The Aesthetics Layer
00:00 In the previous lesson, you created the data layer, but all you got was a gray square. In this lesson, you will apply aesthetics to this data layer and put them together to end up with a graph that’s already more meaningful than the previous one.
00:16 So, head back over to your Jupyter Notebook and create a new cell. I will convert this again to Markdown and just
leave a note on what we’re doing,
And you will need an additional function for displaying the aesthetics, so I will import this.
from plotnine import aes (aesthetics), this is what this function is called.
And just to make sure that you remember, also
ggplot() was the one that you imported before that you need to assign the data. And with this, you already have everything you need.
You can say
ggplot(), passing in the
mpg dataset. So here, you’re passing in the
mpg dataset and creating the data layer, and then you’re adding aesthetics to it.
Now the mappings, let’s take another look at the
mpg dataset, just to know what are the columns that you want to map. Now, you want to map
class to the x-axis, so you can say
01:24 And it’s enough to just give the names of the columns in the DataFrame that you passed into the data layer.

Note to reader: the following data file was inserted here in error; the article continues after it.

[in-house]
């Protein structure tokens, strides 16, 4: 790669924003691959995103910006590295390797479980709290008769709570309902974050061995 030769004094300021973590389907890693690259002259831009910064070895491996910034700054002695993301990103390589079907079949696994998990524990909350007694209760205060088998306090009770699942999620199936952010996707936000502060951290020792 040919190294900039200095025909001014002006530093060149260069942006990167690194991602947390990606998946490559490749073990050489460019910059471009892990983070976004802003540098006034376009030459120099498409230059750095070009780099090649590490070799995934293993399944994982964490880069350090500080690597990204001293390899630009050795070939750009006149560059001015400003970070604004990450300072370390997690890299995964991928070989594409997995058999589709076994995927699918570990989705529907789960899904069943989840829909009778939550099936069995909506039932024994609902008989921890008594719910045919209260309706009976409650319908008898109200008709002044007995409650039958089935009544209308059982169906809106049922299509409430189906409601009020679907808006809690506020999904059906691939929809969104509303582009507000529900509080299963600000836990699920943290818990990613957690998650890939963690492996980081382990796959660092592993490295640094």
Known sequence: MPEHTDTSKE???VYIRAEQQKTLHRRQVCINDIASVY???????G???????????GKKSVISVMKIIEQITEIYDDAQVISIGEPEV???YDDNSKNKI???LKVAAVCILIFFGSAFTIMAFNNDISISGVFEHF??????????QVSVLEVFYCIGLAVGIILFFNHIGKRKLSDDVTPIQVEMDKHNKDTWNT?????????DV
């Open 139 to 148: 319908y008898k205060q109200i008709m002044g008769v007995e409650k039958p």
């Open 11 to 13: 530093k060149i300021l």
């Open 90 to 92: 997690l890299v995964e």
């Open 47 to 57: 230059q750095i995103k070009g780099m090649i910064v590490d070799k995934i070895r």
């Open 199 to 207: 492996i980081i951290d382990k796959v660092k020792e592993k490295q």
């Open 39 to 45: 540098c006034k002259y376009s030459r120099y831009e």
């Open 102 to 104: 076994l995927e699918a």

y is going to be the efficiency on the highway, so how many miles it can drive per liter. And with these two inputs, you’re done. You can execute this, and you get a graph that’s already much more meaningful than the previous one.
01:47 So, in here, you can see that the highway column was mapped to the y-axis, and the class column was mapped to the x-axis.
01:57 There’s also a couple of other things that happened behind the scenes. So, plotnine applied a coordinate system for you, just by default. This is the Cartesian coordinate system.
02:09 And it also applied some scales that it just inferred by looking at the data that you’re passing in. So, these are defaults that are usually quite good.
02:17 You don’t have to change them yourself. But just know that these are additional layers that you can also adapt if you want to. Now, while this looks much better and you applied two aesthetics successfully, you still don’t see anything because there’s no geometric objects defined, so plotnine doesn’t know how to plot the data points for you.
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